Just let this simmer for several hours until it cooks down into a lovely sauce that you can ladle out onto the pasta of your choice. It is really really really delicious.  I don't measure so sorry, but you can do this, really you can.

I bought this book to try and figure out new ways to use up my garden produce. I don't think I have ever seen so many canning recipes collected into one place in my entire life. I LOVE this book. The author refers to her Grandmother and her kitchen frequently. She has knowledge of the way things were done when a recipe said to "salt until you gag,"  and she has modern knowledge for example, "quick and easy freezer pickles." I learned to can in my twenties but it never hurts to brush up on technique and this book has everything you need to know. She also discusses fermentation. It is readable, interesting and fun. If you garden and can, it is a must have. You simply must have it. I am going to try the watermelon rind pickles and the green tomato chutney. My friends 90 year old mother said that her mama made watermelon rind pickles that were to die for. So with an endorsement like that I am game to at least try it once.

These are the books I have been reading to soothe my hurting soul. I can't recommend them highly enough. Right now there are a lot of bloggers out there who are suffering. Some are sick, afraid, some are hurt, some are not revealing anything except they are suffering and some have just stopped blogging for now.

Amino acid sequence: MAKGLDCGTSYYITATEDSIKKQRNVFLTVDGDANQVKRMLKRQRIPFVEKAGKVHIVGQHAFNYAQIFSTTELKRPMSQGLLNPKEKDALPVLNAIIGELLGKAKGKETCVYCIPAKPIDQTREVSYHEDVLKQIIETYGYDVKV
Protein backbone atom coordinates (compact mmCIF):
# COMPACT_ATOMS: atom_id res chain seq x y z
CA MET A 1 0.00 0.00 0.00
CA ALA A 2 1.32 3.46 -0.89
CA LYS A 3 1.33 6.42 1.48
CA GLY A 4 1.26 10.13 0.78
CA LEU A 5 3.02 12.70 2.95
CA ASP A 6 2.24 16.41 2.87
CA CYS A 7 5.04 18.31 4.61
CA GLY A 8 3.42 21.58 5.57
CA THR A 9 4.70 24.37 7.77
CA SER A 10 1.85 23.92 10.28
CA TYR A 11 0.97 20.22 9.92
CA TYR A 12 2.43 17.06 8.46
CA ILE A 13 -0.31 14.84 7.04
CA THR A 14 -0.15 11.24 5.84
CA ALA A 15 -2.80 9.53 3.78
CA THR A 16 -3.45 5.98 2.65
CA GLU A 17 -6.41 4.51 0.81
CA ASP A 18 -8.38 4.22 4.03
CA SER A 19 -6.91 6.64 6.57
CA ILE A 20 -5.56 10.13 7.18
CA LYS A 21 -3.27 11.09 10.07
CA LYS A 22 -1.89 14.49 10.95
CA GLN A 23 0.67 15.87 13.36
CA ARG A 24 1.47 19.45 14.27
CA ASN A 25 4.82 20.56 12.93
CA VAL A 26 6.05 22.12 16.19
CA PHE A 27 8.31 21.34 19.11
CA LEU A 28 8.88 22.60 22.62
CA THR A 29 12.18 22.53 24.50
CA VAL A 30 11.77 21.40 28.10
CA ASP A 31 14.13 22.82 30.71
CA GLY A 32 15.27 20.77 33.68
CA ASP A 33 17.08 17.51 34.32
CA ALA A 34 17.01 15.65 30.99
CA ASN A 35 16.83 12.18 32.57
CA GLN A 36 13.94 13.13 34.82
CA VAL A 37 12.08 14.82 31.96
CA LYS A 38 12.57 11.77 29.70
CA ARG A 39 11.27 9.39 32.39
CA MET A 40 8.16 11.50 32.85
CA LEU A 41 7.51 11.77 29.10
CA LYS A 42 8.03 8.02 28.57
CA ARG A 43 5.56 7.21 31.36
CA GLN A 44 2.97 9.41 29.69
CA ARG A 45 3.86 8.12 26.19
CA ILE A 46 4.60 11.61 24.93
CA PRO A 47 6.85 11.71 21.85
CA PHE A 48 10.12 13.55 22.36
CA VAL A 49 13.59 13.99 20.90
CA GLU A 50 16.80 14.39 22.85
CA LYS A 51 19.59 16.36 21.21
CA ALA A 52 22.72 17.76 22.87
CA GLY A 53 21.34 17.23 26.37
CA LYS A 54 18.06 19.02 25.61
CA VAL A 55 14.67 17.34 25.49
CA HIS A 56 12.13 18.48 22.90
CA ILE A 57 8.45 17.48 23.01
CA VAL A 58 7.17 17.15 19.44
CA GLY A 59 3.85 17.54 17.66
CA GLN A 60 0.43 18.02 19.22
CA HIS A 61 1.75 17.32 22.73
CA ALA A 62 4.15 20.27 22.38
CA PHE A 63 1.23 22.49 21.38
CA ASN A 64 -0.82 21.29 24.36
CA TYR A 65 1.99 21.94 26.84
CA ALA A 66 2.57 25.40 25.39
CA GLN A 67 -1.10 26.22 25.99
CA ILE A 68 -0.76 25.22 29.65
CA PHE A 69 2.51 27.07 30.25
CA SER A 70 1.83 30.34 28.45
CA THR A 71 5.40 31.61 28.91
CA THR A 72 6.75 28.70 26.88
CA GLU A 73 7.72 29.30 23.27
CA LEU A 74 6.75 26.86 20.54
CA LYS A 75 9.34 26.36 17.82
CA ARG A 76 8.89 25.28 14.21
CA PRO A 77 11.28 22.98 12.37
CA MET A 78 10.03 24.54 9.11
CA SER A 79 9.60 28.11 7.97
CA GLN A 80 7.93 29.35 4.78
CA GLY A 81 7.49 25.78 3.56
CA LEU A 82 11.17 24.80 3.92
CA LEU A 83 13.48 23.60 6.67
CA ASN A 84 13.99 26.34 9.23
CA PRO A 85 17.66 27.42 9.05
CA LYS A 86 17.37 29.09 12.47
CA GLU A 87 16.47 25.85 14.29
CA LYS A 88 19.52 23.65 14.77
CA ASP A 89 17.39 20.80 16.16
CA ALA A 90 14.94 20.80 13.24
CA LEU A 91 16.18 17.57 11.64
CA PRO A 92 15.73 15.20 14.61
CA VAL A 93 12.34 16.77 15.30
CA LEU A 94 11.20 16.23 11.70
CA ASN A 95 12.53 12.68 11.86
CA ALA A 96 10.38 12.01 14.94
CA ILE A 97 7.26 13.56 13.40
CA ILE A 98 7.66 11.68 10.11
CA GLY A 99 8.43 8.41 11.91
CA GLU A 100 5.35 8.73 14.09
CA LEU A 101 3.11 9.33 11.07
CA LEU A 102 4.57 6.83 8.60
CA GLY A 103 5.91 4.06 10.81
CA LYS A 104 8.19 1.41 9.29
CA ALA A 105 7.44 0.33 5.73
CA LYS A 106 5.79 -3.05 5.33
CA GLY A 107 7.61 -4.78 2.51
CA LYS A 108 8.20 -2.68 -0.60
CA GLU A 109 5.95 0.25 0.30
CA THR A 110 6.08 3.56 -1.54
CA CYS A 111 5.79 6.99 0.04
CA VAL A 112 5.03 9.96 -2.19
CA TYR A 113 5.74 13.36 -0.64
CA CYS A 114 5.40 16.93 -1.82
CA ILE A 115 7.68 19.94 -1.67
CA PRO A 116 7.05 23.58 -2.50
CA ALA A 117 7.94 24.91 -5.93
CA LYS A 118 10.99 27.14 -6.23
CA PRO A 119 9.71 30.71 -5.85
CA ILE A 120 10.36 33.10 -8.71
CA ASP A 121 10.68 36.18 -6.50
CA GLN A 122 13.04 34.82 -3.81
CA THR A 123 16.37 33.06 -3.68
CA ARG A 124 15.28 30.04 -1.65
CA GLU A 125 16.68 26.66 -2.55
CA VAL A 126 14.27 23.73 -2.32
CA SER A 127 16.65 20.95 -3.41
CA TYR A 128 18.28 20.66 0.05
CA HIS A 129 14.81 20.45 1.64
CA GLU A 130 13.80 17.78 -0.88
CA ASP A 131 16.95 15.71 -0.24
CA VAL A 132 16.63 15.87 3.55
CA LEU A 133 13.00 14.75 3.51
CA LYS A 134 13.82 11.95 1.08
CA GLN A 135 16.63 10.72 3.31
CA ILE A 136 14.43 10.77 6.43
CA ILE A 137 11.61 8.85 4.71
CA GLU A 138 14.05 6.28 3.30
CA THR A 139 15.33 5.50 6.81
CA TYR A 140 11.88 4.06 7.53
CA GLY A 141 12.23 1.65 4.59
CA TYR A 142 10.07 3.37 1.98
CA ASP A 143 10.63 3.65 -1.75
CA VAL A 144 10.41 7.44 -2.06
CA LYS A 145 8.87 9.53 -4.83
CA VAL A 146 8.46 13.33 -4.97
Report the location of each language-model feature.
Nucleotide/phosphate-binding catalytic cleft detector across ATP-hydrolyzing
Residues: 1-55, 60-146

I spilled my beans. I really didn't have a lot of ways to get my pain out because my asthma was so severe I couldn't talk. I didn't completely hang out all my laundry but I shared a lot of personal pain. The pain is still there. I didn't cry today, but I did yesterday. I have cried a stinkin river.

I read about this book "Plan B," over on Angie's blog "Bring the Rain." Pete Wilson is her pastor. He is hip and cool and REAL. Pete Wilson is not religious, he is a real man with a real walk, with a real God. He tackles some very hard issues in this book. At the end of the book he explains how nice it would be to wrap it all up with a bow and a conclusion. Except you cannot wrap up the subject of human suffering with a bow. We cannot explain why bad things happen to good people. We cannot give a pat answer or  a glib response if we really want to make a difference. We can only point up to God who will carry us through the problem, even if He doesn't take it away. It's one of the best books I have ever read in my entire life. Ever. and that is a period.

Right now I am reading the Stormie O Martian book "Just Enough LIGHT for the Step I'm On," another keeper. Powerful, insightful, comforting, and the truth; mixed with her personal story of abuse, drugs,
the occult and almost killing herself---her story is amazing. If you are having a hard time and trouble in your life read about hers. You will find something to relate to. She is an excellent and engaging storyteller.